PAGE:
ROBERTSDALE, Alabama — Law enforcement officials and leaders from throughout Baldwin County gathered on Tuesday, May 12 for the Fallen Officers Memorial, hosted by the Baldwin County Sheriff’s Office at the BCSO Central Command in Robertsdale.
While Baldwin County has not lost an officer in the line of duty since Loxley Police Officer Kerry Mitchum died in a car crash in 2015, one name was added to the memorial this year that has a special connection to the man who oversaw the creation of the memorial.
“Last year I received a letter from a retired police officer in Wyoming,” said Sheriff Hoss Mack. “This man has taken it upon himself to be a historian of sorts for law enforcement officers killed in the line of duty.”
In researching officers from Wyoming killed in the line of duty to make sure they are included on the National Law Enforcement Memorial in Washington, D.C., the officer wrote to Mack that he had come across articles that were published in some of the nation’s largest newspapers, including the Atlanta Constitution and the Denver Post, pertaining to a Baldwin County Sheriff’s Deputy who was killed during a shootout in December of 1881.
“Not only would that make this officer the first known Sheriff’s Deputy killed in the line of duty, he would also end up having a special connection to the memorial itself,” Mack said.
In December of 1881, Joel Johnson, a resident of what was known at the time as the Sibley’s Mill community, which would now be in the area of Alabama 225, northeast of Spanish Fort, was out riding his horse when a man (who was identified in the discovered articles only as being from Bay Minette) shot him, robbed him, took his horse and left him for dead after dragging his body to a pond.
“But Joel Johnson did not die and somehow managed to drag himself back to his residence where he told his family what happened,” Mack said. “Among those he told was his brother, Baldwin County Sheriff’s Deputy Abram “Abe” Johnson.”
Deputy Johnson then took off after the suspect, locating him at a residence a few miles from his home. In the process of being arrested, Mack said, the suspect pulled out a pistol and shot Deputy Johnson in the chest. Johnson returned fire, in turn mortally wounding the suspect.
Johnson was found barely alive at the scene where he would later succumb to his injuries. The suspect was found dead about a half a mile from the scene.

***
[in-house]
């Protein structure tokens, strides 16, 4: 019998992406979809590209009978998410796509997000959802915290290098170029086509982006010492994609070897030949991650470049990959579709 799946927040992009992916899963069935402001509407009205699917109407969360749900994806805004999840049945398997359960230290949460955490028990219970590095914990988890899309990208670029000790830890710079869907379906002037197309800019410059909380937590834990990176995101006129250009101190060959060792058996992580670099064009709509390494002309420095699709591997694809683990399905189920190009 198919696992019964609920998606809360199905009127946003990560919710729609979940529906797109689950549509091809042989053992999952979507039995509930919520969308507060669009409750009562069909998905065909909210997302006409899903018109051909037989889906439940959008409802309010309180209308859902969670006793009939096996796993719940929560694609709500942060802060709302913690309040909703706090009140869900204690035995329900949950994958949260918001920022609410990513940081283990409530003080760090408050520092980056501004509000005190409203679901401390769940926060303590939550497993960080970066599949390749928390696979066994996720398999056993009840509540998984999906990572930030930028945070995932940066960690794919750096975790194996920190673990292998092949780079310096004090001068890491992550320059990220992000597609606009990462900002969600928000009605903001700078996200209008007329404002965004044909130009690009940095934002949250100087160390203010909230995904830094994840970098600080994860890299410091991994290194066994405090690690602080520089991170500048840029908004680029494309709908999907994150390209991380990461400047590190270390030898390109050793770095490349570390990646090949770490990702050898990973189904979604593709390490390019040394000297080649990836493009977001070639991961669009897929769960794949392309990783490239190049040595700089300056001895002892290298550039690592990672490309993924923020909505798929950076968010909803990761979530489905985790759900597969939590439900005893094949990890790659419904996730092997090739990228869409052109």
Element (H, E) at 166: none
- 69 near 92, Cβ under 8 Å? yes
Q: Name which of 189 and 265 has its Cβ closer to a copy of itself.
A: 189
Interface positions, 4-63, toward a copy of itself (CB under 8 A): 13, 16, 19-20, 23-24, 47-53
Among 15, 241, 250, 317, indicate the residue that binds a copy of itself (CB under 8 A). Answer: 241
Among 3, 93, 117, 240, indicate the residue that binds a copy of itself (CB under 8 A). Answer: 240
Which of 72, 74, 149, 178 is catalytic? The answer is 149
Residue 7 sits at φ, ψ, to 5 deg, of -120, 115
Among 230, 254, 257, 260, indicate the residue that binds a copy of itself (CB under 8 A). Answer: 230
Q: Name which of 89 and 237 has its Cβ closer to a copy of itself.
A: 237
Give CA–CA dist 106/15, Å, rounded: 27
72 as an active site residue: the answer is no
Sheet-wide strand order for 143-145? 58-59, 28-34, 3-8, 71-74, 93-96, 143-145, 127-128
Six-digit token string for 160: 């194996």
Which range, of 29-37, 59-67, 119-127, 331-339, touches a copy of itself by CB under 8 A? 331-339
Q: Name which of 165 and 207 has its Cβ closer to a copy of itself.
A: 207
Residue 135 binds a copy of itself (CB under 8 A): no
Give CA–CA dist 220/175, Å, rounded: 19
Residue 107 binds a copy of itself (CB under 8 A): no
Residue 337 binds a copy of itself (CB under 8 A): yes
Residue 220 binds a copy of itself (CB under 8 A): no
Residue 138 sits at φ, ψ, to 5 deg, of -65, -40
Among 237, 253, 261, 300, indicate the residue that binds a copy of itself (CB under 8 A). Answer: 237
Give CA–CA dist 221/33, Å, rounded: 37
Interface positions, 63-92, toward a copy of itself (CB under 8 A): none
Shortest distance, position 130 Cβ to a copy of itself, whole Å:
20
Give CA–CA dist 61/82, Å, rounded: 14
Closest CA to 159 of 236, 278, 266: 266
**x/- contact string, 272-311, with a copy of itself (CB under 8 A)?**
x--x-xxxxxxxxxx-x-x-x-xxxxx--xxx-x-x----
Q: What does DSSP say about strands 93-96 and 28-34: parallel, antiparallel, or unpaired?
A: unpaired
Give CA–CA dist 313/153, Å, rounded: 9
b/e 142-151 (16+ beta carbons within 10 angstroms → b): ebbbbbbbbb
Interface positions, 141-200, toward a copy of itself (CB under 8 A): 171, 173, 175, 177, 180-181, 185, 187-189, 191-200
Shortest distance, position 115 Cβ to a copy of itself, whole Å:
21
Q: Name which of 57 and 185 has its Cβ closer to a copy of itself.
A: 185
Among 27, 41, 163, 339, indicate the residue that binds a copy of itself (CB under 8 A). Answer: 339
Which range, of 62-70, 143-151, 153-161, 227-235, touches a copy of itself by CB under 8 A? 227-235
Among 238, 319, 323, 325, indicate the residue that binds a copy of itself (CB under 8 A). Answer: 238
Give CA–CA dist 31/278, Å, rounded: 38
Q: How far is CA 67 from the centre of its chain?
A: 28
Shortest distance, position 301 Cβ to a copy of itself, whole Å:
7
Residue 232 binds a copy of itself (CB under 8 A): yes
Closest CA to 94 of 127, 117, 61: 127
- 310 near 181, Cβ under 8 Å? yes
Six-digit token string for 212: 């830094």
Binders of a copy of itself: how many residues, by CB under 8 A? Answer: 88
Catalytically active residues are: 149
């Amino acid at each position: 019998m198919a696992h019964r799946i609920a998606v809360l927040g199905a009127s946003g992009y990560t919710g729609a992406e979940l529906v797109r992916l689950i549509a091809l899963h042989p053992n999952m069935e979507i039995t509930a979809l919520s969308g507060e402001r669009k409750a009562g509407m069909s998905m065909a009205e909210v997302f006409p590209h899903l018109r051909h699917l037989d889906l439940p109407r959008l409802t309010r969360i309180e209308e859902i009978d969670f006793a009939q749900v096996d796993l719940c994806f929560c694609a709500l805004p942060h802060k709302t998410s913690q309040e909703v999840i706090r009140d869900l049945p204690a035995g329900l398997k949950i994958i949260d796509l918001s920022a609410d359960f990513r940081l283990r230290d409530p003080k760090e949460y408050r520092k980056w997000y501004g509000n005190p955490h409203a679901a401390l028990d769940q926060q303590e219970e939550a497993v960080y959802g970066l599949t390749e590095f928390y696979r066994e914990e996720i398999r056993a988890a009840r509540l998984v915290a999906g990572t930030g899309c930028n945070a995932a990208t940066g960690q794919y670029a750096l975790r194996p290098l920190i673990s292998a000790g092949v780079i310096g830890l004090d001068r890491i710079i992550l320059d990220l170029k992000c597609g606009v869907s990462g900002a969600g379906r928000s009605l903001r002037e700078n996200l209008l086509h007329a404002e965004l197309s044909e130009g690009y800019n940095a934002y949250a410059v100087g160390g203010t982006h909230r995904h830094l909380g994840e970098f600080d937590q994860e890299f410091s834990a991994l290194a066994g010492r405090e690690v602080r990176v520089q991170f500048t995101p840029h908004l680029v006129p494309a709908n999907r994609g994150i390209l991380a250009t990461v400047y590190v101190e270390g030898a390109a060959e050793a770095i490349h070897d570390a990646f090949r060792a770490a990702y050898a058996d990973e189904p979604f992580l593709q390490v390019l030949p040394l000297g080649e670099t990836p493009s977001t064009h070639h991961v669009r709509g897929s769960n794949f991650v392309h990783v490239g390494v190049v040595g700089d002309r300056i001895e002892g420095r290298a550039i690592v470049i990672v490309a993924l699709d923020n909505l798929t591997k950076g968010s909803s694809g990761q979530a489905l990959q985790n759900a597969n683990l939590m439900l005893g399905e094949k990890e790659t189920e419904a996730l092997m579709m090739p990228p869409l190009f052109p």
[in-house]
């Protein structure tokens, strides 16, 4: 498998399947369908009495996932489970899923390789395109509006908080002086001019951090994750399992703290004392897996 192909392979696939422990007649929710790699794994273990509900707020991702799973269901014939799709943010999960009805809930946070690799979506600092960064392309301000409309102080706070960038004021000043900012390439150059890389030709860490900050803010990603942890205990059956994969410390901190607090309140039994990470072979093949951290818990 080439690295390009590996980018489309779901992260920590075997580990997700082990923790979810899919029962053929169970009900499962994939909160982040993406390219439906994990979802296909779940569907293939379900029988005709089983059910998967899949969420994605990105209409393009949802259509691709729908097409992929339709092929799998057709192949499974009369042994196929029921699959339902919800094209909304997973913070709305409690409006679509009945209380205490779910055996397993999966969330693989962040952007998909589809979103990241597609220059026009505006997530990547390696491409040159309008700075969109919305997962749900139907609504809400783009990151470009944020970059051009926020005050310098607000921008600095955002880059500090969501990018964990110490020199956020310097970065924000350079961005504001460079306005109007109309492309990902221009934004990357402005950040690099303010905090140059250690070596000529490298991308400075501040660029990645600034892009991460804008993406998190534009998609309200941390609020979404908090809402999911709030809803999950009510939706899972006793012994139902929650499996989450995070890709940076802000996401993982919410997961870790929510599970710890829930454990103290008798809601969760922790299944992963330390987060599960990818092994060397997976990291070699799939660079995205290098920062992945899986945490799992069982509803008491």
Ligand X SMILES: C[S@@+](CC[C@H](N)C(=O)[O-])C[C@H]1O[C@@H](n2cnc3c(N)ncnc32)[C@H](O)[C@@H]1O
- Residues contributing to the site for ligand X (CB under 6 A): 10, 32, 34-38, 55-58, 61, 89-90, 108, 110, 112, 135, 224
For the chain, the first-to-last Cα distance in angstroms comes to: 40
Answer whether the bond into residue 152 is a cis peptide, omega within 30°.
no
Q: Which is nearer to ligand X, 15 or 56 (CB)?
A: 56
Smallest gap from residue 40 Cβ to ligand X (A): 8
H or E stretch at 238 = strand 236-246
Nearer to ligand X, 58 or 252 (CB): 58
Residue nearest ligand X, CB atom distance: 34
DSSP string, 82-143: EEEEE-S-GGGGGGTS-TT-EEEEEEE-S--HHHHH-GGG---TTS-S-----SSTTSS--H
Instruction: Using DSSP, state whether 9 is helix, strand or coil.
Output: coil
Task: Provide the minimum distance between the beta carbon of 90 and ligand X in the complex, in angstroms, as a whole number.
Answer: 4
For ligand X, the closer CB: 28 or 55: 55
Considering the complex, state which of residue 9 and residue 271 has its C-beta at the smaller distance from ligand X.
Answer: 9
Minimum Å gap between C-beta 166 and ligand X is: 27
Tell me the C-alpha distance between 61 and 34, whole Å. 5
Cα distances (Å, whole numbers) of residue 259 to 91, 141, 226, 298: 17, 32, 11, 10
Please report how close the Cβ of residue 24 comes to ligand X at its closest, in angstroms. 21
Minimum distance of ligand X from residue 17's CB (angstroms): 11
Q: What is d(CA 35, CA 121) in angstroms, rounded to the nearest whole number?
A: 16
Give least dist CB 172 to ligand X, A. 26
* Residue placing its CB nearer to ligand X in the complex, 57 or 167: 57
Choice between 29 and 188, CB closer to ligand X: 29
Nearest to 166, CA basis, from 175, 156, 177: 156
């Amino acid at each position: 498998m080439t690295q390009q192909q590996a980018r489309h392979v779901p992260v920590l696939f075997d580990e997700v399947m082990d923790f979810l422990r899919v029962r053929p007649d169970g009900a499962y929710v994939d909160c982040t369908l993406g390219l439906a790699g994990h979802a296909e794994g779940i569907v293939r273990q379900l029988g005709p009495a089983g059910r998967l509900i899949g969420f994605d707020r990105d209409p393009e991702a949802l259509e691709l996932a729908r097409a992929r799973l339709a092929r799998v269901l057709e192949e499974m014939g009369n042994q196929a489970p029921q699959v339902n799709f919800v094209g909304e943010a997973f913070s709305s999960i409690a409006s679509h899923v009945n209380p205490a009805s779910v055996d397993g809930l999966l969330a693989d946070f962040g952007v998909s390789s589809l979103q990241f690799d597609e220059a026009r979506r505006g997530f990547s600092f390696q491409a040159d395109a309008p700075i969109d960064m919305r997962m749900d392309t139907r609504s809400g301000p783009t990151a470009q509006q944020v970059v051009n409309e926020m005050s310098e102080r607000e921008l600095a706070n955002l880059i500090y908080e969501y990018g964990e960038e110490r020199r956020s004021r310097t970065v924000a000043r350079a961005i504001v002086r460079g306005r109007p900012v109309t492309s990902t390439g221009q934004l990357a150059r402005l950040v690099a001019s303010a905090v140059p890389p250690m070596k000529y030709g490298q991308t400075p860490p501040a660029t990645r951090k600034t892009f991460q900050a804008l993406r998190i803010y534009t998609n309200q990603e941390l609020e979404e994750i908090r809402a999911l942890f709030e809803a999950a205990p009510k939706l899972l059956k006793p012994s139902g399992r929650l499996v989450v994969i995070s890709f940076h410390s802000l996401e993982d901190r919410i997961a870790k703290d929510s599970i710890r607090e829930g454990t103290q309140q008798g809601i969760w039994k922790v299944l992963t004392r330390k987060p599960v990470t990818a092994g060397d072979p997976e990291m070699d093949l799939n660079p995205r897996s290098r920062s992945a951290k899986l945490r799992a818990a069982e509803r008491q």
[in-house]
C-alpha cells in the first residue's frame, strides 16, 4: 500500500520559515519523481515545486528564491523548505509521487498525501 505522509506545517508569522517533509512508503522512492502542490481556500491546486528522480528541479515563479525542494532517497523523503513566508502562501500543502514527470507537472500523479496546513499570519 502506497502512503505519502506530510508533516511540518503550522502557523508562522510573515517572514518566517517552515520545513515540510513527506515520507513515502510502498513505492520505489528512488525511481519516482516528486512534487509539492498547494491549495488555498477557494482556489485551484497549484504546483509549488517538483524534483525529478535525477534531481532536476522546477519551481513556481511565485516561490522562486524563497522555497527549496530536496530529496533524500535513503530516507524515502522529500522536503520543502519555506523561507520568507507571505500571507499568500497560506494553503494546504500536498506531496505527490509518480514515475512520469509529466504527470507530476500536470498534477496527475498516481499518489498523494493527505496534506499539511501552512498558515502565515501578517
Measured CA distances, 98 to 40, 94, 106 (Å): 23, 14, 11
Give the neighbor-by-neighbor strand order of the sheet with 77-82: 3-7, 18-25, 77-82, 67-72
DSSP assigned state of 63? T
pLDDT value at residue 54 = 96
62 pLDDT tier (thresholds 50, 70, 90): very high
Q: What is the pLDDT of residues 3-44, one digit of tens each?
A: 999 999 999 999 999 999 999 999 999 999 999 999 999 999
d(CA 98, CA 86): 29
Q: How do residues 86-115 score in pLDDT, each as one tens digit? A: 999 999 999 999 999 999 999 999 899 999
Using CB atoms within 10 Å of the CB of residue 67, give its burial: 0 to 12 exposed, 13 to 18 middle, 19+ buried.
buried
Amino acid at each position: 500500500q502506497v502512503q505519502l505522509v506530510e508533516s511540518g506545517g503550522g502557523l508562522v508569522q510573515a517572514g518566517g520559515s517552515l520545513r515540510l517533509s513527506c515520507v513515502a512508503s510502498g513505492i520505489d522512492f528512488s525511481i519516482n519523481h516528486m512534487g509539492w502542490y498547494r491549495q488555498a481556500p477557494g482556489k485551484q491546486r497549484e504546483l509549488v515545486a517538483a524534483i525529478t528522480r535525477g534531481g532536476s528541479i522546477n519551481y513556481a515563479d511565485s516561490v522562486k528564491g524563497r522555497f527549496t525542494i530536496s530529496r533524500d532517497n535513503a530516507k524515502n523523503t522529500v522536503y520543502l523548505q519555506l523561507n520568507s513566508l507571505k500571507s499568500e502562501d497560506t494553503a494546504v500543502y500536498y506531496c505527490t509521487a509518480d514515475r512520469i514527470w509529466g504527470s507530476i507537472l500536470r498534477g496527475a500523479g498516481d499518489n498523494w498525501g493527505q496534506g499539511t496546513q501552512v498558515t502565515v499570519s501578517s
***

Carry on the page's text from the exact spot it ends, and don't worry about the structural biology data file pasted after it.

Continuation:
“Being a young man of about 32, Abe Johnson was not married and as far as we know, left no descendants,” Mack said. “But his brother, Joel Johnson, did survive. He recovered from his injuries and lived to be 80 years old.”
In research done by local officers, Mack said, while they do not know where Abe Johnson is buried, they found Joel Johnson’s grave in the Whitehouse Fork community west of Bay Minette, listing his date of death as March 6, 1924.
“When they found Joel Johnson’s grave, I knew they were going to find something, and they did,” Mack said.
Through the research it was determined Joel Johnson is the grandfather of James B. “Jimmy” Johnson who served as Baldwin County Sheriff from 1986 through 2007. It was under Jimmy Johnson’s command that the Baldwin County Law Enforcement Memorial was created in 2001.
With the addition of Abe Johnson, Baldwin County’s Law Enforcement Memorial now includes 11 names, Mack said. When Johnson’s name was added, the names on the memorial have now been rearranged, with all Baldwin County Sheriff deputies’ names on one side, names of state and federal officers on one side and the names of local law enforcement on one side.
Johnson’s name has also been added to the National Law Enforcement Memorial in Washington, D.C. and was read aloud during a National Police Week ceremony, which was broadcast live over social media on Wednesday, May 13.
Johnson is one of eight officers from the state of Alabama whose name was added to the memorial this year, Mack said, including Lowndes County Sheriff “Big John” Williams, who was killed while responding to a noise complaint in January.
“We want to remember all of those being added to the memorial, especially our friend Big John and Deputy Johnson who has such a special connection to this department,” Mack said. “And while we gather here again next year and for years to come to speak these names that are on our memorial, it is our sincere hope that we will not have to add any more names to it.”
Tuesday’s ceremony also included opening prayer by Baldwin County District Attorney Robert “Bob” Wilters, and presentation of colors by the Baldwin County Sheriff’s Department Honor Guard.
Mack also recognized other dignitaries in attendance including Baldwin County Judge of Probate Harry D’Olive, County Commission Chairman Billie Jo Underwood, Commissioner Jeb Ball, Judge Scott Taylor, State Rep. Matt Simpson and police chiefs from Bay Minette, Daphne, Elberta, Loxley, Orange Beach and Summerdale.
Following the ceremony, Mack and the police chiefs participated in the placing of a wreath in front of the memorial.